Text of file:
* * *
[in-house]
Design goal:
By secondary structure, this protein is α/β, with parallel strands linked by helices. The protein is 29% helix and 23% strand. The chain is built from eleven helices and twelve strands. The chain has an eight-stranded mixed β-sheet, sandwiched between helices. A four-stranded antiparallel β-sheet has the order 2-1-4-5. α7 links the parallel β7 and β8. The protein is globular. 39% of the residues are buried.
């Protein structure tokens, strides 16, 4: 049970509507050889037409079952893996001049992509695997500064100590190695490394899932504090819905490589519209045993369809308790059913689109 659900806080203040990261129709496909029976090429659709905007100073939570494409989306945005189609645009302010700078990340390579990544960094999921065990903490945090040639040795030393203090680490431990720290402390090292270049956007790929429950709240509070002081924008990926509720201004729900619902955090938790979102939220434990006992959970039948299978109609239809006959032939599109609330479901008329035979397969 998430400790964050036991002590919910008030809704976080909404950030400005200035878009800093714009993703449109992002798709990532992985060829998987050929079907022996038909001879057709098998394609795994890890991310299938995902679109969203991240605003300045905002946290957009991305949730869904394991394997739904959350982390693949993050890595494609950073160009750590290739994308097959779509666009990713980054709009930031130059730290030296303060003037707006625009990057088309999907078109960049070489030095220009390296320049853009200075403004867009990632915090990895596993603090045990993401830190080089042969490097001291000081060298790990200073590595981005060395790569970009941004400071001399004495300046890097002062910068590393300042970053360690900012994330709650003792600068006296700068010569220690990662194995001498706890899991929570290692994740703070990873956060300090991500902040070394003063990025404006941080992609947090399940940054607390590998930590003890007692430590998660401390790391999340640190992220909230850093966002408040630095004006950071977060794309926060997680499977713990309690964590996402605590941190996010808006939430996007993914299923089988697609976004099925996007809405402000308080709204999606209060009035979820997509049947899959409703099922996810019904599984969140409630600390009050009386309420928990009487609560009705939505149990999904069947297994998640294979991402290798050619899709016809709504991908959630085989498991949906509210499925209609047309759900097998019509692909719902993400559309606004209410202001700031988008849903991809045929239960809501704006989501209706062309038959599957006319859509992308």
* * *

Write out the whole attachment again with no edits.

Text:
[in-house]
Design goal:
By secondary structure, this protein is α/β, with parallel strands linked by helices. The protein is 29% helix and 23% strand. The chain is built from eleven helices and twelve strands. The chain has an eight-stranded mixed β-sheet, sandwiched between helices. A four-stranded antiparallel β-sheet has the order 2-1-4-5. α7 links the parallel β7 and β8. The protein is globular. 39% of the residues are buried.
């Protein structure tokens, strides 16, 4: 049970509507050889037409079952893996001049992509695997500064100590190695490394899932504090819905490589519209045993369809308790059913689109 659900806080203040990261129709496909029976090429659709905007100073939570494409989306945005189609645009302010700078990340390579990544960094999921065990903490945090040639040795030393203090680490431990720290402390090292270049956007790929429950709240509070002081924008990926509720201004729900619902955090938790979102939220434990006992959970039948299978109609239809006959032939599109609330479901008329035979397969 998430400790964050036991002590919910008030809704976080909404950030400005200035878009800093714009993703449109992002798709990532992985060829998987050929079907022996038909001879057709098998394609795994890890991310299938995902679109969203991240605003300045905002946290957009991305949730869904394991394997739904959350982390693949993050890595494609950073160009750590290739994308097959779509666009990713980054709009930031130059730290030296303060003037707006625009990057088309999907078109960049070489030095220009390296320049853009200075403004867009990632915090990895596993603090045990993401830190080089042969490097001291000081060298790990200073590595981005060395790569970009941004400071001399004495300046890097002062910068590393300042970053360690900012994330709650003792600068006296700068010569220690990662194995001498706890899991929570290692994740703070990873956060300090991500902040070394003063990025404006941080992609947090399940940054607390590998930590003890007692430590998660401390790391999340640190992220909230850093966002408040630095004006950071977060794309926060997680499977713990309690964590996402605590941190996010808006939430996007993914299923089988697609976004099925996007809405402000308080709204999606209060009035979820997509049947899959409703099922996810019904599984969140409630600390009050009386309420928990009487609560009705939505149990999904069947297994998640294979991402290798050619899709016809709504991908959630085989498991949906509210499925209609047309759900097998019509692909719902993400559309606004209410202001700031988008849903991809045929239960809501704006989501209706062309038959599957006319859509992308």